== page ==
I think I'm correct in saying that this was the period in Leonard Nimoy's life when he wasn't particularly comfortable with the level off association his career had with the character of Spock. In fact the only only reason he agreed to play him in 'Khan' was with the proviso that ol' pointy ears was killed off once and for all. And so he was.......well, kind of.......at least until Star Trek III. The problem was that by all accounts Nimoy had such a positive experience during the filming of 'Khan' that someway through he had a change of mind and suggested to the writers that they may want to think of a way that a potential 'resurrection' might be possible in the next film. They must have been pulling their hair out. 
"S02-spock's funeral" by Source. Licensed under Fair use via Wikipedia - https://en.wikipedia.org/wiki/File:S02-spock%27s_funeral.png#/media/File:S02-spock%27s_funeral.png
However, at the time we were young and naive (I still have one of those qualities) and so the emotional kick in the stomach that the incredibly well-acted death scene delivered was powerful without ever falling into cheesiness. Indeed, the point where an almost dead Spock stands, but still pauses to straighten his tunic was improvised actually by Nimoy at that moment, adds a genuinely poignant extra.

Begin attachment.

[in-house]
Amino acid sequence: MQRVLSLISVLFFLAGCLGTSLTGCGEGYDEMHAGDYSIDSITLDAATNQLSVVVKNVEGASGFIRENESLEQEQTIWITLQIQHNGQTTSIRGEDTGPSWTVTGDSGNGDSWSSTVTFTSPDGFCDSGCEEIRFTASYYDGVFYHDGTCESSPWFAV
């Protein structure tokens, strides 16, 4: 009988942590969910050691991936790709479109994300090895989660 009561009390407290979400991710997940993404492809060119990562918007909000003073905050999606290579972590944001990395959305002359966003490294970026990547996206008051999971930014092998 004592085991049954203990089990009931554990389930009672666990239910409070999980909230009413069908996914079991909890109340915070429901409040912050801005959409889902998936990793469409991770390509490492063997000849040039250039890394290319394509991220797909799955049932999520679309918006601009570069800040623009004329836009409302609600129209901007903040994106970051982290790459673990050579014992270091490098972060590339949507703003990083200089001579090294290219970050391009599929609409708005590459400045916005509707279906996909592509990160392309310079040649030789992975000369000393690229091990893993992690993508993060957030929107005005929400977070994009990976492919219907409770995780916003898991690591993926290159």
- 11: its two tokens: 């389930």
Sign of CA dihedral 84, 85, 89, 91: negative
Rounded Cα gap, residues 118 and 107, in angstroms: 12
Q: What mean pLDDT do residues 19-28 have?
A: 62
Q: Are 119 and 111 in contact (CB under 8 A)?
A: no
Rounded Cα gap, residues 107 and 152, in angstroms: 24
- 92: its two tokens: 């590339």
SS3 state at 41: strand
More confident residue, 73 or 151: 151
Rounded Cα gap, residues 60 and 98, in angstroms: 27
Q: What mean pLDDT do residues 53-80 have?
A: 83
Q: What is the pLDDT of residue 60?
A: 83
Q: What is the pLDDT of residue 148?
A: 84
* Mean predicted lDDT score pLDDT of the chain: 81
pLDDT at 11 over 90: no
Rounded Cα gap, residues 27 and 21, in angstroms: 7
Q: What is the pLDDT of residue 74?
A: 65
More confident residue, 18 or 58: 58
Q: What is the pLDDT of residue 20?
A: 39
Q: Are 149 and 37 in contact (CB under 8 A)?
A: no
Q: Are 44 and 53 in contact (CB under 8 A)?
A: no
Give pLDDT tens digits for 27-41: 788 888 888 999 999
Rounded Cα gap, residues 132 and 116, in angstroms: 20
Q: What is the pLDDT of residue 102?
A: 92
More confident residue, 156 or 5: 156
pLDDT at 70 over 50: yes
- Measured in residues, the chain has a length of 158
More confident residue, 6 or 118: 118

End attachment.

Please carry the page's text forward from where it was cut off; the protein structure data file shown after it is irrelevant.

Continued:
As I mentioned earlier, I was expecting his death after being forwarned, however I will readily admit to crying my eyes out in the cinema that day. In fact I wasn't alone, most of the men in the audience suddenly developed an annoying little cough at that point. I can still hear the woman behind me trying to console her partner who was barely inconsolable, with the words "It's ok love, It's ok. I'm sure they'll find a way to bring him back". How right she was.